(Recasts throughout; adds company executive comment from conference call)
By Bernie Woodall
DETROIT, Feb 2 (Reuters) - Delphi Automotive Plc said on Thursday that if it brings any manufacturing to the United States from Mexico, it is likely to be automated work, which has fewer jobs attached to it, as the company issued fourth-quarter earnings that surpassed Wall Street expectations, sending shares higher.
Joe Massaro, Delphi chief financial officer, said that 90 percent of the company's workforce is in "best-cost countries," which keep its costs down and profits up.
Company executives will wait for specific details of trade policies from U.S. President Donald Trump's administration before making any changes but manufacturing shifts are possible, Massaro said in a conference call with Wall Street analysts after Delphi reported financial results.
"There are certainly more automated-type manufacturing processes down there that we could conceivably see coming back, or coming to the U.S.," said Massaro.
"We'll look at that depending on where the rules go, but it would have to be of much more of the automated-type manufacturing operations, just given the labor (cost) differential there," he said.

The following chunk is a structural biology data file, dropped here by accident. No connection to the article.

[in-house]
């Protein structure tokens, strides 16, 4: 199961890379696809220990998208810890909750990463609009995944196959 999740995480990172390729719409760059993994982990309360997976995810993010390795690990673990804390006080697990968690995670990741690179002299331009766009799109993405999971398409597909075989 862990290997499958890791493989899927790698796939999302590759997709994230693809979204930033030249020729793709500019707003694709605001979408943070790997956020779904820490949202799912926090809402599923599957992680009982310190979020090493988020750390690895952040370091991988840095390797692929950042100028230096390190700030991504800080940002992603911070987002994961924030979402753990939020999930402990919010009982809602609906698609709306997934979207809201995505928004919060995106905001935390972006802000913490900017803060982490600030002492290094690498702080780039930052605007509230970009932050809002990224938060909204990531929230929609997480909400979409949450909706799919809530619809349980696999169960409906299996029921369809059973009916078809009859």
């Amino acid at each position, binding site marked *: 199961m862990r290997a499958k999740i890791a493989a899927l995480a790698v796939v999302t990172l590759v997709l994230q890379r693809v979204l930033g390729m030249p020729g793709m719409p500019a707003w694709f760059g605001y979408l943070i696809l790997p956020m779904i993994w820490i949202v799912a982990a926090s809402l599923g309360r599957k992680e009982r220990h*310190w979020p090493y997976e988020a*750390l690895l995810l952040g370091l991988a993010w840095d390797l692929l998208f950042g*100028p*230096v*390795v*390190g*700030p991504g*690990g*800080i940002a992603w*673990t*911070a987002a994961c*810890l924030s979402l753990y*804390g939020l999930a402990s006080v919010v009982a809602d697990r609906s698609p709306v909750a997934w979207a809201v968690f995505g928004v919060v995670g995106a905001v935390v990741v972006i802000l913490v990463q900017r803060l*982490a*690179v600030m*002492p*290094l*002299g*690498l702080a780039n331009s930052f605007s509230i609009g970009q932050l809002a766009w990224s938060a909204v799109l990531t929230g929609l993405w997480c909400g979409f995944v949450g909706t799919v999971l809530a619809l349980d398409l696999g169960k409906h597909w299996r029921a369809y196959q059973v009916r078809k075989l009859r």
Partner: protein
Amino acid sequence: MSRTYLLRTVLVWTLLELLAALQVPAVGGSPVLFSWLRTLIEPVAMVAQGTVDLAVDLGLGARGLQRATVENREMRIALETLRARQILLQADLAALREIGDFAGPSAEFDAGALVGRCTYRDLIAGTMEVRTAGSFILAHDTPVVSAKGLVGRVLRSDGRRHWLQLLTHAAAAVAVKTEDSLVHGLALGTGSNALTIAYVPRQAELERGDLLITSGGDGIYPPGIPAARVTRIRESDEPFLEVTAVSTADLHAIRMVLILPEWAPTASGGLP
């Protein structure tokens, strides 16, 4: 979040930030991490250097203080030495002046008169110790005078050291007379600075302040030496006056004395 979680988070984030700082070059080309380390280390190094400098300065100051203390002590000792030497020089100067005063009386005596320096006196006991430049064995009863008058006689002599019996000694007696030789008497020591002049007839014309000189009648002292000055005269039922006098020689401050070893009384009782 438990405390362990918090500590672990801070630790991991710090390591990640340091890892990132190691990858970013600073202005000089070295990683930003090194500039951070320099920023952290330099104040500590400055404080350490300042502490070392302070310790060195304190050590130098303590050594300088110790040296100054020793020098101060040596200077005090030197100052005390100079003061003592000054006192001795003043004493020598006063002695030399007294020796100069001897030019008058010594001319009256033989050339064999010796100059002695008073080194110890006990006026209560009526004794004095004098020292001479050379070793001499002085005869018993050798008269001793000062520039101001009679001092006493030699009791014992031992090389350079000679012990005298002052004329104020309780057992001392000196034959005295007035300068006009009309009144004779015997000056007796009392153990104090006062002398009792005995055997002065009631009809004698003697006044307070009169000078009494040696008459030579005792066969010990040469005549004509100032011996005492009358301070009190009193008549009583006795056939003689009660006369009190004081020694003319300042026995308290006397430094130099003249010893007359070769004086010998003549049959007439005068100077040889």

Automated manufacturing and the fewer jobs it creates has been a growing trend among automotive and other manufacturing industries and has led to deep cuts in workforces for the last quarter century.
Regarding potential imposition of a "border adjustment tax" on goods imported from Mexico, Massaro pointed out that it may affect all imported goods, not just those from Mexico.
"Round numbers, our cost of sales value for imported material into the U.S. is about $4 billion. The majority of that is out of Mexico," about $3.5 billion annually, he said.
Massaro added that the figure for Delphi exports out of the United States is about $1.5 billion annually.
Earlier Thursday, Delphi reported a fourth-quarter profit of $1.83 per share, excluding one-time items, versus expectations of $1.60 per share by analysts polled by Thomson Reuters I/B/E/S, which boosted shares immediately.
Delphi shares were up 3.1 percent at $72.90 in Thursday afternoon trading.
Delphi has shed most of its lower-margin automotive supplier businesses in recent years, and is seen as one of the companies best placed to grow as the automotive industry moves toward self-driving vehicles. This has made it a darling of Wall Street, which has sent its shares up more than three-fold since the end of 2011, and up 8.4 percent since the start of this year.
Delphi bases its top management in Michigan but is headquartered in England for tax purposes. The company said its tax rate for 2017 will be about 16 percent. (Reporting by Bernie Woodall; Editing by Chizu Nomiyama and Lisa Shumaker)